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When Teams Misunderstand: Ambiguous Language and Teamwork

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Conference

2020 ASEE Virtual Annual Conference Content Access

Location

Virtual On line

Publication Date

June 22, 2020

Start Date

June 22, 2020

End Date

June 26, 2021

Conference Session

Student Division Technical Session 3

Tagged Division

Student

Tagged Topic

Diversity

Page Count

14

DOI

10.18260/1-2--35507

Permanent URL

https://peer.asee.org/35507

Download Count

193

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Paper Authors

biography

Elizabeth Ann Strehl University of Michigan

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Elizabeth is an undergraduate student at the University of Michigan studying Biomedical Engineering and Applied Mathematics. She has worked as a research assistant for Dr. Robin Fowler in the Technical Communication Department of the College of Engineering for several years focusing on team dynamics for first-year students and also works as a research assistant in the Daly Design and Engineering Education Research Group working on design science based research in senior-level engineering design courses.

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biography

Robin Fowler University of Michigan

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Robin Fowler is a Lecturer in the Program in Technical Communication and an Assistant Research Scientist in Engineering Education. She loves serving as a "coach" to engineering students as they engage in communicating their ideas to a range of stakeholders. She studies teamwork and team-based pedagogy, with a focus on inter-team communication and equity. She is one of the Faculty Innovators behind Tandem, a Center of Academic Innovation tool for supporting students working in teams.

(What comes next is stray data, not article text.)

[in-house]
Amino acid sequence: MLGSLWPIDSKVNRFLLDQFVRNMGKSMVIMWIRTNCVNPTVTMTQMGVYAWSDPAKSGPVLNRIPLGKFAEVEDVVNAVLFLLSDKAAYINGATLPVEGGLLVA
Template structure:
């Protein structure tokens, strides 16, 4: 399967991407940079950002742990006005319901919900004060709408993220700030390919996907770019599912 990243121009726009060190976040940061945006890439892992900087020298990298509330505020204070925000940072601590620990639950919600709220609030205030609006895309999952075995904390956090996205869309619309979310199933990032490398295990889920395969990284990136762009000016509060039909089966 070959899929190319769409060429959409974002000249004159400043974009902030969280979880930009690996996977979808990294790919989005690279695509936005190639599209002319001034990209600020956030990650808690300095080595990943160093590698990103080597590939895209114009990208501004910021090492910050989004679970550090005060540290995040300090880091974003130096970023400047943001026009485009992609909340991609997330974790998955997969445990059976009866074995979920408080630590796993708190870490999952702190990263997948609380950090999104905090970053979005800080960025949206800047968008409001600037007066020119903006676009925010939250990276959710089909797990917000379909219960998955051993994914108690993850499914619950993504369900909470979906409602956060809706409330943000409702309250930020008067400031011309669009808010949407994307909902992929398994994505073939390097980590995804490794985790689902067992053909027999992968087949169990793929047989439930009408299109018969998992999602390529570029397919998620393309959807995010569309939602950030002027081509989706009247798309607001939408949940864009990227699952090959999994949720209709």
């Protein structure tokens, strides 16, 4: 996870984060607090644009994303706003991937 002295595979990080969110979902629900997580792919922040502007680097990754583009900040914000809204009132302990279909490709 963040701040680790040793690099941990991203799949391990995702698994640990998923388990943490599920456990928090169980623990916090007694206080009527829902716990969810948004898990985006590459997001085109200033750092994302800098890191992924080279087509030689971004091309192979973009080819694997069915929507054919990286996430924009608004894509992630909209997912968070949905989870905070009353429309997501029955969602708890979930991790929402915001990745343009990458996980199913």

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Abstract

Student teams negotiate many aspects of collaboration, including deadlines, meeting times, and expectations. In this student-directed project, participants (n=119) of varying technical backgrounds were surveyed as to their interpretations of ambiguous teamwork-relevant phrases. Participants were given a prompt about a typical situation encountered in student teams regarding ambiguous language and were asked to infer what this piece of language meant. This mixed-methods study investigates whether there are demographic differences regarding interpretation of ambiguous team-based language. The demographic groups that we found had the biggest differences in interpretation of ambiguous phrases were by age and experience. That is, there were significant differences in interpretation between students and non-students, and between participants aged 18-24 and participants older than 24. Differences by gender and race did not reach the level of statistical significance.

Strehl, E. A., & Fowler, R. (2020, June), When Teams Misunderstand: Ambiguous Language and Teamwork Paper presented at 2020 ASEE Virtual Annual Conference Content Access, Virtual On line . 10.18260/1-2--35507

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